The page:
9. Tonle Sap

Tonle Sap

Just outside lively Siem Reap and near to Angkor Wat is Tonle Sap – the largest freshwater lake in Southeast Asia.

At 250km long and 100km wide, it looks more like a vast ocean than a lake, and it’s home to hundreds of floating villages whose inhabitants make their living off the lake’s bountiful resources. Here you can visit the absorbing local communities and get a feel for the traditional Khmer rural way of life.

If you’re interested in wildlife, there’s lots to see here. Tonle Sap has one of the world’s most vibrant ecosystems, and the Prek Toal bird sanctuary here is home to an incredibly diverse range of birds, fish, mammals and reptiles.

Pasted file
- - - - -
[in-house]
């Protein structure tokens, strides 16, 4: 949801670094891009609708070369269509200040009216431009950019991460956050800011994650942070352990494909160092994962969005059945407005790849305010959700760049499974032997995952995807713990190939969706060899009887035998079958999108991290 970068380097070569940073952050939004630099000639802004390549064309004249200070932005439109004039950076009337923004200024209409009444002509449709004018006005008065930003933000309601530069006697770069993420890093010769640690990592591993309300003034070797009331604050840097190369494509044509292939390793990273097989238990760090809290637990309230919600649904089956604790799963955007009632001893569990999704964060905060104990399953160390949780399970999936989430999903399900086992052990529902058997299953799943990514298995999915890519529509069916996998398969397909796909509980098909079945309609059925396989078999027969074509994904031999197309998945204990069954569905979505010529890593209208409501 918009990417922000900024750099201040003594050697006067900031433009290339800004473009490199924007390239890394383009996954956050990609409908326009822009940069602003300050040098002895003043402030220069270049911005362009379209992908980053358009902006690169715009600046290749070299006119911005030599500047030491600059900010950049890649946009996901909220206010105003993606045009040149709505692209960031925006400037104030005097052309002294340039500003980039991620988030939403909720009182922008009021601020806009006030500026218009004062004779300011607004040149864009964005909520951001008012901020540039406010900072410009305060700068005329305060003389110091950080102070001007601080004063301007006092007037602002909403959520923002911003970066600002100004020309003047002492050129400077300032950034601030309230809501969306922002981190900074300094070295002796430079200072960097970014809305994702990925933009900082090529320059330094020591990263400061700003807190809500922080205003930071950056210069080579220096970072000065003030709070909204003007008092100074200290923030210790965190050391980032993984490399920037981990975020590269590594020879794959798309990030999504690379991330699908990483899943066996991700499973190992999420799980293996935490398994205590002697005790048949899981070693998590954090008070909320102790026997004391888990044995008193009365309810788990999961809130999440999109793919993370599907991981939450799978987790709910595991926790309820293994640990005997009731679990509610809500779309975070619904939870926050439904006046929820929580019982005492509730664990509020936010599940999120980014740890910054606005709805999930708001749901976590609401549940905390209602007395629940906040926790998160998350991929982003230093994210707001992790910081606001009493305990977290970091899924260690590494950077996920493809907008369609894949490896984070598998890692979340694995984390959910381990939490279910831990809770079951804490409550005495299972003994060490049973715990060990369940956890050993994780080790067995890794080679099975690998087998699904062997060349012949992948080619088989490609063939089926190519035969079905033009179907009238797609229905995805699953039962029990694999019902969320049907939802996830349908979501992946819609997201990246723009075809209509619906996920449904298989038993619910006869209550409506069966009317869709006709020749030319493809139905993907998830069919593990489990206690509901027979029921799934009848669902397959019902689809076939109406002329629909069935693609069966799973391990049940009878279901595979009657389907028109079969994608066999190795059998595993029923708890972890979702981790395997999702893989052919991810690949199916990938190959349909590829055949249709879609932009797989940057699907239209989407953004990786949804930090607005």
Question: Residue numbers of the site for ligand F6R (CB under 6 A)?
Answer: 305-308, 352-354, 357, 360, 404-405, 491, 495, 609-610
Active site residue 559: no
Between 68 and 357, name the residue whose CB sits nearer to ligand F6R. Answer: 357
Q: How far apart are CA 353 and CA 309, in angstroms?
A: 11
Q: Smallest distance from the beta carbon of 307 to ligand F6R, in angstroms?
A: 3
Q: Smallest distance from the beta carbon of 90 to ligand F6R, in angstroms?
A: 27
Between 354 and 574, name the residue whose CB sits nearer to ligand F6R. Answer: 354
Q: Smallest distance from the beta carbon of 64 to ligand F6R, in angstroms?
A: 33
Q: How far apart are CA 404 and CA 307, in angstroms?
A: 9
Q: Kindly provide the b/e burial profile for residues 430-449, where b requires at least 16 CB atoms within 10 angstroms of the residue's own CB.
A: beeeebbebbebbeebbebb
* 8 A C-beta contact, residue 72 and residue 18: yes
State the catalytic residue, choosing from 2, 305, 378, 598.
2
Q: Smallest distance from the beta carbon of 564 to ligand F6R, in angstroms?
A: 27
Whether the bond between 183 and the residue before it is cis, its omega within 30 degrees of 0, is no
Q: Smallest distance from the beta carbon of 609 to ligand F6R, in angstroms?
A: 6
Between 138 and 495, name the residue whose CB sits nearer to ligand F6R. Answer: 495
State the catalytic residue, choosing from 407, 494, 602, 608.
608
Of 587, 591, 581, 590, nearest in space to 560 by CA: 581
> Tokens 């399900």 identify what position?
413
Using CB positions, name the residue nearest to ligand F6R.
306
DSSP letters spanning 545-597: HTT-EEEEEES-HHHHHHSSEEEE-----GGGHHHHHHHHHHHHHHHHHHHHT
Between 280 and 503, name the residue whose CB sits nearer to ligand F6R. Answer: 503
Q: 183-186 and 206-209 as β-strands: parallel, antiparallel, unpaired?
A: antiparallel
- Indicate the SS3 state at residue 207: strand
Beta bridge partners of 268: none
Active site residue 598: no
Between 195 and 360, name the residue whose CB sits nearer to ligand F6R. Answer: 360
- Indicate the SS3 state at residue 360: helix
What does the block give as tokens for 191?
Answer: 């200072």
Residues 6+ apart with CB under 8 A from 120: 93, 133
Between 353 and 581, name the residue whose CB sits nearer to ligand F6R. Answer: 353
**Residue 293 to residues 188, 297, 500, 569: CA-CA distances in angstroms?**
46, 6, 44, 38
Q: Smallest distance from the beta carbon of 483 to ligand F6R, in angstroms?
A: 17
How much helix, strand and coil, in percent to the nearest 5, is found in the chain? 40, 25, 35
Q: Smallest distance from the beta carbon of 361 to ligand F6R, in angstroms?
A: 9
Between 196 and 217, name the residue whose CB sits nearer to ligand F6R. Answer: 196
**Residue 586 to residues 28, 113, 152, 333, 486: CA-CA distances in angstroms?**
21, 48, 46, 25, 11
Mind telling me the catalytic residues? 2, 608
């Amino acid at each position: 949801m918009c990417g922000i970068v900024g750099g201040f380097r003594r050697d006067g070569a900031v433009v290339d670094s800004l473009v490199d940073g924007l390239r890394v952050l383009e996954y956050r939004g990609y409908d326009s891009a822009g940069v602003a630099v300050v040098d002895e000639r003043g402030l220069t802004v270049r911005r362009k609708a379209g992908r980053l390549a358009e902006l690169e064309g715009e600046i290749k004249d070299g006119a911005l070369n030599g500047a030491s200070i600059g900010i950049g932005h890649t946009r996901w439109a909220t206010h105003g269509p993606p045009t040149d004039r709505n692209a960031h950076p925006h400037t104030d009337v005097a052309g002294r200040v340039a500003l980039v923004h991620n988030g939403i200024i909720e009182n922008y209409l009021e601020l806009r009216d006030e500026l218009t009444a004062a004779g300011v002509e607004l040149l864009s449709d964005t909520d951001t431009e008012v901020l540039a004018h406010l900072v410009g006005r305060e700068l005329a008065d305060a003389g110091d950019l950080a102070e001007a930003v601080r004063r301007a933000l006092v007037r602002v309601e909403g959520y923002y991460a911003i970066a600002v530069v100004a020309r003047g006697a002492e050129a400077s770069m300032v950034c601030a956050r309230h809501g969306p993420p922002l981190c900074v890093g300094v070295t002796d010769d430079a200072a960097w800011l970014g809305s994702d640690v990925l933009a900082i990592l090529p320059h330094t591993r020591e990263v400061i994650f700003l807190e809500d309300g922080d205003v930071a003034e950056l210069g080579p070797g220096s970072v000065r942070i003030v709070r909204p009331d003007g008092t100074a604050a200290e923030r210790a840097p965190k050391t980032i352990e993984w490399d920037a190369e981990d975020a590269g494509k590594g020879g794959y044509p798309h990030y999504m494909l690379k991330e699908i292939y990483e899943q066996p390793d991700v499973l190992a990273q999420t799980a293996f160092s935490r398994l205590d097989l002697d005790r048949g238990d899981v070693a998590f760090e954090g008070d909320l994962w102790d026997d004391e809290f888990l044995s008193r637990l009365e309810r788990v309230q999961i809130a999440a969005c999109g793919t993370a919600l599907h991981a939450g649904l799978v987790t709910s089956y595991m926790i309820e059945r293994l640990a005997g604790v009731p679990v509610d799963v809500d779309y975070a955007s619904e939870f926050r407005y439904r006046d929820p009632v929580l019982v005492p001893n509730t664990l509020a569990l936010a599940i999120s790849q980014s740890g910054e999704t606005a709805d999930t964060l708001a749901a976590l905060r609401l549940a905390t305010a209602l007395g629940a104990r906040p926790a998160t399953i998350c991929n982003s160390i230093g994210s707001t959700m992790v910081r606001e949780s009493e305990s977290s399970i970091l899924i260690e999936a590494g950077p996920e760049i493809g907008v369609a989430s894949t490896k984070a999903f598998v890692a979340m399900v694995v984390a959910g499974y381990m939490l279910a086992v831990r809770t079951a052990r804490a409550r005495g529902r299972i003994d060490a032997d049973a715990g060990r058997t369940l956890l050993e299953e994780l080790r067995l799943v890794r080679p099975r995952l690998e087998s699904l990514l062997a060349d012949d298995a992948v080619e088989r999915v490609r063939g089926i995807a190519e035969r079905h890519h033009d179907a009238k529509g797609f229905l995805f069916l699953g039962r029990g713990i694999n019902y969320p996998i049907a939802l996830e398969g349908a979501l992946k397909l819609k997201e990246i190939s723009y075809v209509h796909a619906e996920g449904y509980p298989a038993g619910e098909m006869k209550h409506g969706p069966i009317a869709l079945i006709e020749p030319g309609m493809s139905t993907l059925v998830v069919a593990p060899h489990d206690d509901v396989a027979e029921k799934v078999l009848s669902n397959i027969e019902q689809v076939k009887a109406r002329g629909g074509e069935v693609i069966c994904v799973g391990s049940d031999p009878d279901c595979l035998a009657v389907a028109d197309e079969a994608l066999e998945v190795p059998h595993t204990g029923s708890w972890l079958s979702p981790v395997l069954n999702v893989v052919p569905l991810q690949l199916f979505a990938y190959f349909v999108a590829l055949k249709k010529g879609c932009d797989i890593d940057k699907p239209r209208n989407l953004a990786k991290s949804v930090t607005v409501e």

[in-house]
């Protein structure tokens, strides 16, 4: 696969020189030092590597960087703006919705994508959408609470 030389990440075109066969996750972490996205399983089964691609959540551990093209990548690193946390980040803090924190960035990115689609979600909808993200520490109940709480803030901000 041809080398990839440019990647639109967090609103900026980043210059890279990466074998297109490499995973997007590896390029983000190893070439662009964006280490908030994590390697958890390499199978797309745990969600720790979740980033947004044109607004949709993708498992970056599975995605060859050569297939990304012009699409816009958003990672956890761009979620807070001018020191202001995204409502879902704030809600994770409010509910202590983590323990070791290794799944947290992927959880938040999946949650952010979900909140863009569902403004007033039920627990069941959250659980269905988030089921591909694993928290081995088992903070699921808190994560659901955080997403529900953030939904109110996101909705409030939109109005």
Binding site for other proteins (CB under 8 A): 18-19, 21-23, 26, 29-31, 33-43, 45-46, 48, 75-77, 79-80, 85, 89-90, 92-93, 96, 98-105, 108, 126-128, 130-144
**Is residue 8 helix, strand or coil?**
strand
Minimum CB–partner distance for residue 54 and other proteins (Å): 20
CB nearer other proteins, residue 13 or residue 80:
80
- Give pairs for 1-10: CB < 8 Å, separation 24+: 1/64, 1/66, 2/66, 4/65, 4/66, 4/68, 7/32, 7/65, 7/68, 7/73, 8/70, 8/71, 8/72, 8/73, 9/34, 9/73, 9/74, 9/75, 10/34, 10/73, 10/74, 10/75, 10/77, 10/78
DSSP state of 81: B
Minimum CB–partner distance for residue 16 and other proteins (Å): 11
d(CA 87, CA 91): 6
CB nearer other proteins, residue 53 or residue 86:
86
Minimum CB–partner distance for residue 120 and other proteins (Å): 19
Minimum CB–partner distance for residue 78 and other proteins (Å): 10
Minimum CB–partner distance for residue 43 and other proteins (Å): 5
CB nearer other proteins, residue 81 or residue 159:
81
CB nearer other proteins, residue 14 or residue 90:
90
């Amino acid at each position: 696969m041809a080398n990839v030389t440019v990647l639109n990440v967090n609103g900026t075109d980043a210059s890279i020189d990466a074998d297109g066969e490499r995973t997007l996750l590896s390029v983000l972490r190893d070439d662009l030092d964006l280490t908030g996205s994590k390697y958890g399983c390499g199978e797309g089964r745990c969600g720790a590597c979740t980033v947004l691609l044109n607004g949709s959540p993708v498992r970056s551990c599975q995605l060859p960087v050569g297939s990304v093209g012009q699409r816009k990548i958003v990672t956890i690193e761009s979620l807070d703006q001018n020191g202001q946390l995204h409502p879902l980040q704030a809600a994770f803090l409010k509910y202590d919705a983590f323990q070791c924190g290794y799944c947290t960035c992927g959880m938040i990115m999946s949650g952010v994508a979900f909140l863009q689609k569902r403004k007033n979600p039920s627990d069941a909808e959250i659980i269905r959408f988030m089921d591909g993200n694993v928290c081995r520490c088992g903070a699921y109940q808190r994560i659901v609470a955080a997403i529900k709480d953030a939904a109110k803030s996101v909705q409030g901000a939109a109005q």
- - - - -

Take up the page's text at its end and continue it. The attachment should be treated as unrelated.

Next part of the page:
You can glide by bobbing houses, schools and markets, sample local fruits or fresh fish sold by local fishermen, and explore the eerie flooded forest of Kampong Phluk.

To visit Tonle Sap, you’ll want to stay in the nearby city of Siem Reap – where you’ll also be on the doorstep of Angkor Wat.

10. Phnom Penh

Phnom Penh

Cambodia’s capital Phnom Penh is a city of contrasts – a place where modern skyscrapers sit beside historic palaces, where French colonial houses adjoin classic Khmer architecture, and where a bright future has arisen from the harrowing past.

While this is a big, sprawling city, it’s more easygoing than it seems, and strolling along the river or taking a tuk-tuk ride are two great ways to get around.

Cambodia’s dark history is impossible to ignore in Phnom Penh, and it’s here that you can learn about the atrocities of the Khmer Rouge at the Killing Fields and Tuol Sleng Museum.

But, while these attractions are sobering, the city today is thriving and has an excellent food scene and many top restaurants. Beautiful, trendy, historic and heart-wrenching, this is a city like nowhere else.

Final thoughts…